Things are still hanging on by a feverish thread here in the Martin household, with little man peeling away my last layers of patience with his fractious, “Mummy, but..” “Mummy, can we just…” “Mummy, I’m bored / tired / miss Daddy” and “Mummy, I’m hungry…” followed by a refusal to eat anything, on eternal loop.
I decided to look back twelve months to see if this is normal January/February stuff. It is. We need to holiday somewhere hot in the winter to avoid this annual decimation of the family health and happiness and to preserve my ongoing sanity.
In the meantime, as I have no words, I’ve decided to steal a post from back then, 9th February 2013 to be exact, to keep the blog alive in my absence. The title seemed very fitting, as it describes the coughing noise that’s become the soundtrack to my life! (Sorry, too much info!). Joking aside, the Alan Watts speech resonated with me back then and, listening to it again, now my daughter has started school, it has even more meaning now. This is the original post:
The Alan Watts video, What if Money Didn’t Matter?, came my way today via Facebook. It’s been around a while so I’m sure most people have seen it. If you haven’t, check it out on YouTube.
My favourite line (describing schooling and how we raise our kids to want the things we want) is
“it’s all retch and no vomit.”
You can’t beat that for an image with impact.
Actually the line that truly resonated was this:
“Better to have a short life that is full of what you like doing than a long life spent in a miserable way.”
Now I know if you have kids, responsibilities, mortgages and so forth, this is a difficult thing to fit into your life. Many of the less positive comments beneath the video are along the lines of “that’s all well and good but I’m a single mum / I have a mortgage / I have bills to pay, I can’t afford to do what I want.” Or my favourite, “what; do I tell my kids not to bother with their homework?”.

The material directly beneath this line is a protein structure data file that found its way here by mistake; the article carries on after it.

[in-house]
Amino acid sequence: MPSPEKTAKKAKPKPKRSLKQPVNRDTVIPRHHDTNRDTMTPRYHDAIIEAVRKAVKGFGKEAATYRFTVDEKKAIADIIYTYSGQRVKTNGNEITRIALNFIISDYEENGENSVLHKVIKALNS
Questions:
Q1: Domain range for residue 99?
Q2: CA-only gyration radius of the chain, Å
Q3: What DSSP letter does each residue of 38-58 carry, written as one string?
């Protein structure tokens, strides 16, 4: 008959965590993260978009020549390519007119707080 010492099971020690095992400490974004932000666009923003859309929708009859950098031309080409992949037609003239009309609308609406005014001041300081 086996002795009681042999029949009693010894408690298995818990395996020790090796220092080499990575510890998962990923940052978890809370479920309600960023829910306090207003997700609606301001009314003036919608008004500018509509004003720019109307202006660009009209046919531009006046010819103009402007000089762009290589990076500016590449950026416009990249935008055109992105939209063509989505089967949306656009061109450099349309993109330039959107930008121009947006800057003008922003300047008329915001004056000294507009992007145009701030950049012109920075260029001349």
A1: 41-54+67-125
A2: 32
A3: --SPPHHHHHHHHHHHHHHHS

To me that has missed the point. It doesn’t have to be so black and white. We can knuckle down to hard work and try to direct that towards something we will love doing in the future. And if in some ways we are already caught in the trap, stuck in a career that’s more about money than happiness, it doesn’t mean we can’t try and pass a different ethos onto our children.
Yes kids still need to do their homework.
Having aspirations doesn’t mean it won’t take hard work to realise them. I think the message is to find something you love and put it nearer the centre of your career than the need to get rich.
When my husband first watched the video he realised he didn’t know what he would do if he didn’t have to earn money. That’s a sad realisation at forty. He’s given it some thought and come up with some answers but I think it’s important to know what you love doing even if it isn’t possible to do it.
I’m probably rambling making no sense: it’s been a long day on little sleep and too much coughing. I might revisit this topic when I’m feeling more lucid. In the meantime I love the first screenshot I captured, I think it encapsulates the journey Claire is on as she realises life is about more than earning enough money to buy the next must-have designer shoes.
P.S. Why did I never have Claire parascend into a cave? That would have been amazing! One for the sequel maybe…